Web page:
A garden of healthy vegetables can be the prettiest spot on your plot.
Think of your garden as art, and seems more fun to consider design possibilities, says Ellen
Ogden, a kitchen garden designer and the author of The Complete Kitchen Garden. Of
course you need a site with plenty of sun, good soil, and wide paths for a wheelbarrow, but
allow yourself the space and the freedom to express yourself, Ogden suggests.
“Vegetable gardens start with the design,” Ogden says. She created 15 different themed
kitchen garden designs in her book, each one with all the appropriate practical elements but
laid out with an artist’s eye. The designs are square, rectangular, and round; personal
touches, including a handsome gate and arbor, a pretty garden bench, or a picnic table right in
the garden, emphasize that the space is not just for cultivating tomatoes.
Rosalind Creasy, author of Edible Landscaping, grows cherry tomatoes on an arbor in
her front yard in California, and plants lettuce in a grid defined by a purple-painted trellis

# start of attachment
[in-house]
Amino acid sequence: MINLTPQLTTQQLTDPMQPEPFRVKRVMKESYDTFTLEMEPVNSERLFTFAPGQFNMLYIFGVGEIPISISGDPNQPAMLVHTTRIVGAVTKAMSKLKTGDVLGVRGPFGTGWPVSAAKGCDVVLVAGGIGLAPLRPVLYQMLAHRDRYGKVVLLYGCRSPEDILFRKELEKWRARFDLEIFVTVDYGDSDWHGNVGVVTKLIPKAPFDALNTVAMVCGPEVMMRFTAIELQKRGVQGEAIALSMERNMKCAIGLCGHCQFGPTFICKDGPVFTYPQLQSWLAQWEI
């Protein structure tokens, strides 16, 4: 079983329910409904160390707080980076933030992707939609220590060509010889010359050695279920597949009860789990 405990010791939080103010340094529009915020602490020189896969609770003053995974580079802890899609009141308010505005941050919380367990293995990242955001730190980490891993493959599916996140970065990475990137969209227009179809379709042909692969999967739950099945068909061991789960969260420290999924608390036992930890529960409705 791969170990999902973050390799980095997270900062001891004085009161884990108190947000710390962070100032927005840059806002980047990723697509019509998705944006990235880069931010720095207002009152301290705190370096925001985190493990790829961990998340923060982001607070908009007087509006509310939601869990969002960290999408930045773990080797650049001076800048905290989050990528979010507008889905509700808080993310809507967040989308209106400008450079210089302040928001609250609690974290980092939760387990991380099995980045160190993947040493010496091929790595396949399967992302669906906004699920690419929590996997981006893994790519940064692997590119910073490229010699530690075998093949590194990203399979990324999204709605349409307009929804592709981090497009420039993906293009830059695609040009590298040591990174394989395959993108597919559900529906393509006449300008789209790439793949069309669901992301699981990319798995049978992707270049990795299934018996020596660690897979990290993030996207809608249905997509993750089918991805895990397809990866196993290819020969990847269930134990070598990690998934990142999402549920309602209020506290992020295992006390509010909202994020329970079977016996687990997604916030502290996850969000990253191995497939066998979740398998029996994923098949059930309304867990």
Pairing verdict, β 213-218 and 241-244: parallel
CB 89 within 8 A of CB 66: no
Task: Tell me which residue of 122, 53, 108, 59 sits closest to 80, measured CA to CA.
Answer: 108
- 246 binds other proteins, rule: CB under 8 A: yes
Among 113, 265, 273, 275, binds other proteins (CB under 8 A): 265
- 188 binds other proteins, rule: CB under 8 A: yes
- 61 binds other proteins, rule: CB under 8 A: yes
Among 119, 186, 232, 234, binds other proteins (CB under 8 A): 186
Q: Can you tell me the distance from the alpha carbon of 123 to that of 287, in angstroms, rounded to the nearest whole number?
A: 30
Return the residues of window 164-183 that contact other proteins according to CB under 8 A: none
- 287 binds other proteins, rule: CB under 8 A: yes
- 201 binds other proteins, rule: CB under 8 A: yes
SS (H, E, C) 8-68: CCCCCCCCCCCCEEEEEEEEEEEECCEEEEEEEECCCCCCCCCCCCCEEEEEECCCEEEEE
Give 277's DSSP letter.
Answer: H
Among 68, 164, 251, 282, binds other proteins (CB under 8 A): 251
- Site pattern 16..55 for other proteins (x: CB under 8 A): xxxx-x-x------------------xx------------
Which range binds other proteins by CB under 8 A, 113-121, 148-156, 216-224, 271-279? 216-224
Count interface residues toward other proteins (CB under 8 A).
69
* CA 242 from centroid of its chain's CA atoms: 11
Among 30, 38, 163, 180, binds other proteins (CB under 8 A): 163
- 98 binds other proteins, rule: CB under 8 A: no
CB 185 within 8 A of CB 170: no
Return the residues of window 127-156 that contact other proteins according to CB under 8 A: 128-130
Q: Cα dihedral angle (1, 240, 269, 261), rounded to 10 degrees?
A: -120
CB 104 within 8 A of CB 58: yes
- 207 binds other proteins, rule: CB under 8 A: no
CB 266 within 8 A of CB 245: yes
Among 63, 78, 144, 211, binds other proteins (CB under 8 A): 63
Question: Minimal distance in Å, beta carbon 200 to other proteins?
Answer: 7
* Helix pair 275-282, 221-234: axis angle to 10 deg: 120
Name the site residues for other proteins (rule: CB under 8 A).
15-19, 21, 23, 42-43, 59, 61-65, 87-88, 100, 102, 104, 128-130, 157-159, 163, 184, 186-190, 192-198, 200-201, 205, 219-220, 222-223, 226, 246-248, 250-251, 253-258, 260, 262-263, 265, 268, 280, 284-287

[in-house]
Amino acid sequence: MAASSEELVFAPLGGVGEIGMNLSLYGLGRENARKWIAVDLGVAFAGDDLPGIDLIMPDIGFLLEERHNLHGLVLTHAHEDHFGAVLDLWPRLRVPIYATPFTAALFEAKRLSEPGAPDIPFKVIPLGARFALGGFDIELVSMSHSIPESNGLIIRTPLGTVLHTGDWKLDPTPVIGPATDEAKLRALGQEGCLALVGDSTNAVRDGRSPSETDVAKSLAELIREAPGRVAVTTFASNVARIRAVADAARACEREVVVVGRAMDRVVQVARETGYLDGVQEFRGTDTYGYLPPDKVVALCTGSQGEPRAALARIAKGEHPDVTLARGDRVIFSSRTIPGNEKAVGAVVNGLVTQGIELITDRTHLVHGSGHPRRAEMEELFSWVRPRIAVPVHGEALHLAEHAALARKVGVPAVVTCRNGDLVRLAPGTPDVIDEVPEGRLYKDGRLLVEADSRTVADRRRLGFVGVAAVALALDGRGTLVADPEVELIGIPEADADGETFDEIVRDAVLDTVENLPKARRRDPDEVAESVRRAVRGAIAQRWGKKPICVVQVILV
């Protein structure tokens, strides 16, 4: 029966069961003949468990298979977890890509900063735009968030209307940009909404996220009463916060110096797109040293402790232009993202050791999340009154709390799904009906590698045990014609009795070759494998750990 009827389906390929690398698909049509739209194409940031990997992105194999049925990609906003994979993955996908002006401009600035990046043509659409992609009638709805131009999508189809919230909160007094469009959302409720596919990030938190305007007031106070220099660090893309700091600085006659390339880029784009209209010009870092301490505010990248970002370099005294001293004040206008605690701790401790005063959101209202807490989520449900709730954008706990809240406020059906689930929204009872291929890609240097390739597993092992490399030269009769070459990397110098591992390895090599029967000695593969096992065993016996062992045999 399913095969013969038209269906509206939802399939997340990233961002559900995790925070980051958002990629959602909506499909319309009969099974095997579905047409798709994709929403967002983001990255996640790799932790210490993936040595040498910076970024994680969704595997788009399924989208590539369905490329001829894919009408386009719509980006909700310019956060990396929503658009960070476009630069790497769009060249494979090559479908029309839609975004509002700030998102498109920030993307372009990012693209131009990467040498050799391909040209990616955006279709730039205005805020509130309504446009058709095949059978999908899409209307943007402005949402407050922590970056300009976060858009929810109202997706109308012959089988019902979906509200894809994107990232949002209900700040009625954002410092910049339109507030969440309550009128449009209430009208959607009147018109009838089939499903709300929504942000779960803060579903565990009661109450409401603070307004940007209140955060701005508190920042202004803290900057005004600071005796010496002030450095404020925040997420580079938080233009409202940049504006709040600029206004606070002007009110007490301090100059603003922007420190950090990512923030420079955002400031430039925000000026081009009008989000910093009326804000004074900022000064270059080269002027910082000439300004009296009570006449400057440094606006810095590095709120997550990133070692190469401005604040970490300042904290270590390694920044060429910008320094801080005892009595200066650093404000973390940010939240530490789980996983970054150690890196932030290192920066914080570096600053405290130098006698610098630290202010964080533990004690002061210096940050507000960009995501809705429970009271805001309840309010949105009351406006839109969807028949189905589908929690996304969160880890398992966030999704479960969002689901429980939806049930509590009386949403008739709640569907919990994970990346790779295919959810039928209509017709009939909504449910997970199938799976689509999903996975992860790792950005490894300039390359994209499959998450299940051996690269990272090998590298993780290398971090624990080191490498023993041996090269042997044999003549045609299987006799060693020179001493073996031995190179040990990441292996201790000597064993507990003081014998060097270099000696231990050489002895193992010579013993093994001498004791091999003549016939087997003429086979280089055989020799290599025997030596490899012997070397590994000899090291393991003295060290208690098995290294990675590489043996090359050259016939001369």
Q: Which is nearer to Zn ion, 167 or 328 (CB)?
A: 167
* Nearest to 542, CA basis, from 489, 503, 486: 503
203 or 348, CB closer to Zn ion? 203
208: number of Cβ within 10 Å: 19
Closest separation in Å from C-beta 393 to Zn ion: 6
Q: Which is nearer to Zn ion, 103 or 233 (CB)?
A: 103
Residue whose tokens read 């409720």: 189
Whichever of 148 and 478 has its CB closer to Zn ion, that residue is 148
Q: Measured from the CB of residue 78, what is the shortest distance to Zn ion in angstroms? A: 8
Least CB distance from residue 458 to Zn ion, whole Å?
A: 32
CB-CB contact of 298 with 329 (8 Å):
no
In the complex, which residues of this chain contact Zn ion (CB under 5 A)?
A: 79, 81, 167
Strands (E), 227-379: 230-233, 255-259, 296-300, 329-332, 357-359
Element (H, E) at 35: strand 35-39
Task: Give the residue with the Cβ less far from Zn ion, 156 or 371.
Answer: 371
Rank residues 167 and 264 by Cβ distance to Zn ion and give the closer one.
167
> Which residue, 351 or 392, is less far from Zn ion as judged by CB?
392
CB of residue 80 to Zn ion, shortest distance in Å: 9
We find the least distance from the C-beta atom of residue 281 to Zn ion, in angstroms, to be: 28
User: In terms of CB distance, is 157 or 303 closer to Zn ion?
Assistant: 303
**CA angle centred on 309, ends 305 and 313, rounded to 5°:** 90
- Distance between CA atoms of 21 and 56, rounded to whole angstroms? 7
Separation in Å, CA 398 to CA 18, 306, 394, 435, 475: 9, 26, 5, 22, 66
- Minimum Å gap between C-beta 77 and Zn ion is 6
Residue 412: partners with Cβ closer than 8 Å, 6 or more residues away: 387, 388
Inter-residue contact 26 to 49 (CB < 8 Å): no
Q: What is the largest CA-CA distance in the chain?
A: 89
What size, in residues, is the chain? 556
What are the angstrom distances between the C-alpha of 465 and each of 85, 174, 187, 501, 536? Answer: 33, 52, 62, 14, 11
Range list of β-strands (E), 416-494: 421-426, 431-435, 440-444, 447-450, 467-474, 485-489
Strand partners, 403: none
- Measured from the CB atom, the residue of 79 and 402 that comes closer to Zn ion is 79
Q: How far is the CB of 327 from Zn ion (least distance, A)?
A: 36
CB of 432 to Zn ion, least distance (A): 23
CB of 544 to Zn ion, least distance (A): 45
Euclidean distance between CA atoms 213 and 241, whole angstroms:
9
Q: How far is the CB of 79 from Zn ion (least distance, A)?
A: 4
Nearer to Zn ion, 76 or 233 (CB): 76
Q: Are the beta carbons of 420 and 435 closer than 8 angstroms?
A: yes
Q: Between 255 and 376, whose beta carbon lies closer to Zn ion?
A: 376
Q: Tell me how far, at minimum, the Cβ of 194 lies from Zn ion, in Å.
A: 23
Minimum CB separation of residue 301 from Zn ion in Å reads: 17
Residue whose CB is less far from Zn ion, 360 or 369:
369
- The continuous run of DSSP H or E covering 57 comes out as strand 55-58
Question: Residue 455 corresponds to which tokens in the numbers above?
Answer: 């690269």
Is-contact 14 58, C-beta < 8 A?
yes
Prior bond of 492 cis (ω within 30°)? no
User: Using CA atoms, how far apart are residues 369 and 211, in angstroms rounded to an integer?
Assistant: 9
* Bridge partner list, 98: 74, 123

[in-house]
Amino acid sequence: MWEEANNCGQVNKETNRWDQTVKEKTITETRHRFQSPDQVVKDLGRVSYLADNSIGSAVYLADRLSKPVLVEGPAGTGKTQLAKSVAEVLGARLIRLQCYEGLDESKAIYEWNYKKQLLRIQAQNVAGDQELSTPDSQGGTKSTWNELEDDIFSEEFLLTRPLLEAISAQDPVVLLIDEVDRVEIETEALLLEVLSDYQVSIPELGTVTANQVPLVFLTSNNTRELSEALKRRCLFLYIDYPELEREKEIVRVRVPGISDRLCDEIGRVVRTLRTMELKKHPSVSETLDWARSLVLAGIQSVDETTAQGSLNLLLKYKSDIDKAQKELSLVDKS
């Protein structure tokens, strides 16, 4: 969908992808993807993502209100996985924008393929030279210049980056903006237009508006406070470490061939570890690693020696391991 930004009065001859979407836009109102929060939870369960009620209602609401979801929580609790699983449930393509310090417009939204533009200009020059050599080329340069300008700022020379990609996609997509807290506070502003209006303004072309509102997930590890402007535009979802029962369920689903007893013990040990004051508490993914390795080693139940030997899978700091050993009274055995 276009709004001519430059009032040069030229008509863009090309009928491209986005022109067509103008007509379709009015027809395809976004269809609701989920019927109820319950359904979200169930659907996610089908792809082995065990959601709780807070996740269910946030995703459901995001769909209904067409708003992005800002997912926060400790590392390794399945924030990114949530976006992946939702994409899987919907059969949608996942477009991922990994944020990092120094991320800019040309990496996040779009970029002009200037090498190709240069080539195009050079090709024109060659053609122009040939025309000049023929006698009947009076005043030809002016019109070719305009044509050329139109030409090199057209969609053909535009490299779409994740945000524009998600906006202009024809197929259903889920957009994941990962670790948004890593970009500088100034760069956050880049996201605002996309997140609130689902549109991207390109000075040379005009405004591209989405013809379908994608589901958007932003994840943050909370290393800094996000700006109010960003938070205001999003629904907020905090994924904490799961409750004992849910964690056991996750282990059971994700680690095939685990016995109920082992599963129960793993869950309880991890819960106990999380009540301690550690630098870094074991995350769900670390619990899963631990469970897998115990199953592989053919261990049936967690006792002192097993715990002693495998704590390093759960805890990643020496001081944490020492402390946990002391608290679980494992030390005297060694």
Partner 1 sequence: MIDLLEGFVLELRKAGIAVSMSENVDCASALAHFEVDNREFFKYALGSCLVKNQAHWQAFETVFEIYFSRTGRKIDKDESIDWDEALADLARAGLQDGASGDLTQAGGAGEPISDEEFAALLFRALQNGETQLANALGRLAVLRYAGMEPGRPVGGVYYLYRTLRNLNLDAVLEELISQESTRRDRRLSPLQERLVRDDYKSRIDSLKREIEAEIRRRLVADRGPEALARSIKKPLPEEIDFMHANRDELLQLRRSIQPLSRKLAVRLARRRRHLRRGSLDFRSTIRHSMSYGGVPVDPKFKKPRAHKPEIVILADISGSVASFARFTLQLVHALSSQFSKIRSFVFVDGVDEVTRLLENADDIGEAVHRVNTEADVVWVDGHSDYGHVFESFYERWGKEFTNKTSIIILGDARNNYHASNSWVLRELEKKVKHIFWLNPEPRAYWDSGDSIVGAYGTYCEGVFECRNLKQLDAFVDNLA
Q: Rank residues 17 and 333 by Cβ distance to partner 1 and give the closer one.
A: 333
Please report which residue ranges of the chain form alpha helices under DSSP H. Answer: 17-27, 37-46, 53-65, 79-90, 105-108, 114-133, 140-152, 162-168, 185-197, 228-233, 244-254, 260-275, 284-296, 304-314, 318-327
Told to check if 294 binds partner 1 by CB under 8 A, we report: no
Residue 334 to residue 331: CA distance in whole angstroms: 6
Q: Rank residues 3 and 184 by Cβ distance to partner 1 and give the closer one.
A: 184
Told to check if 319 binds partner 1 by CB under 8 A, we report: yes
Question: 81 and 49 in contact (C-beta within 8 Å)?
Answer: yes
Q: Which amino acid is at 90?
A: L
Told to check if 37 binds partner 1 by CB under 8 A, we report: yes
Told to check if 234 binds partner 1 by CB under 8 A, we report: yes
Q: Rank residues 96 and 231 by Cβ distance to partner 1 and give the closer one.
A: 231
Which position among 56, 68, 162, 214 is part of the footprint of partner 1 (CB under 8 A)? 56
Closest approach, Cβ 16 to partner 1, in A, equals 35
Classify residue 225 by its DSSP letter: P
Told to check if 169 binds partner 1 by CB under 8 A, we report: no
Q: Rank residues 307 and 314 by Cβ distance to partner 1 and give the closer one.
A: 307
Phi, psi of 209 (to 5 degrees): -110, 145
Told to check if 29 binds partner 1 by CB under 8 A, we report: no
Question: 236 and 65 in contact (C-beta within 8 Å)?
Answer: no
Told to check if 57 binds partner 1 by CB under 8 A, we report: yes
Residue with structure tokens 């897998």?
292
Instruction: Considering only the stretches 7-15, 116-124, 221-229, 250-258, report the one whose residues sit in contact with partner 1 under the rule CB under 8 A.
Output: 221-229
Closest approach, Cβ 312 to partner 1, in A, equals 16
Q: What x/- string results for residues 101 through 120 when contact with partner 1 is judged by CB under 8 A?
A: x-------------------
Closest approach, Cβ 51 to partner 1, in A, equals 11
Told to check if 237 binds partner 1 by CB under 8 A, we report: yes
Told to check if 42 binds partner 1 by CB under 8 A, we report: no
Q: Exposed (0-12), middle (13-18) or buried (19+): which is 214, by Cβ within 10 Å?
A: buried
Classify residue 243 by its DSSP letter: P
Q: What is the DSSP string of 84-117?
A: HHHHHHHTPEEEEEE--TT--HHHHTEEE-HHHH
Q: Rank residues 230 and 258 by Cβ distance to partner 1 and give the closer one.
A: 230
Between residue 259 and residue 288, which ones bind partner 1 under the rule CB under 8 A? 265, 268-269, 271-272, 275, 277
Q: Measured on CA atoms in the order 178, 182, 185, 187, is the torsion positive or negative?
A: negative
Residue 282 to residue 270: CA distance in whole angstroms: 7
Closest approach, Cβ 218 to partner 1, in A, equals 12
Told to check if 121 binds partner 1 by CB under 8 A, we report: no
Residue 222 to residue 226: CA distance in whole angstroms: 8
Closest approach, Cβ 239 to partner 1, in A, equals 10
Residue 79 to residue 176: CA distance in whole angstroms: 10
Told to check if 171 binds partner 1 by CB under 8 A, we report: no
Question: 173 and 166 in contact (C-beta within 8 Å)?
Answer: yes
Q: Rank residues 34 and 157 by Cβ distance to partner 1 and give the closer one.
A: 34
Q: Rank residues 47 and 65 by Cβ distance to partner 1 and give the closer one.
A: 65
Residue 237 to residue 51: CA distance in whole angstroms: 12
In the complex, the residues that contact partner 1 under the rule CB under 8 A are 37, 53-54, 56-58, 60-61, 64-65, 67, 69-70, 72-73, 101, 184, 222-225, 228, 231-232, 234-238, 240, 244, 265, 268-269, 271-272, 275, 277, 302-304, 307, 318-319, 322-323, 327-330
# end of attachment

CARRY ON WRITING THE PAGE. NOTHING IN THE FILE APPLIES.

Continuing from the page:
laid right on top of the soil. “You have to have lines when you design a garden,” she says,
“but they don’t all have to be straight lines.”
Creasy’s playful interpretations of traditional kitchen gardening ideas are inspiring. Like
most professionals, she recommends that first-timers start with a kitchen garden small enough
to manage but large enough to produce a good harvest. About 400 square feet (20 feet on a side)
is a good size, but something considerably smaller also works. Barbara Damrosch, author of
The Garden Primer, designed a starter vegetable garden just 12 feet on a side.
Don’t make beds too big: about three and a half feet wide works well, Ogden says, so you can
reach across from either side. Frame your vegetable garden with a fence, and plant flowers and
herbs in beds around it. If the garden looks inviting, you’ll be drawn to it, she says. Taking
care of a pretty garden is much more satisfying than hoeing endless rows of beans.
The crops you plant should include foods you know you love, but leave room to experiment,
Ogden says. Her own formula is to plant 80 percent crops she has tried before, and 20 percent
new plants. This allows her to plant her three favorite tomatoes: ‘Persimmon,’ ‘Brandywine,’
and ‘Rainbow,’ with plenty of space left over to try something new. In gardening,
experimentation is traditional.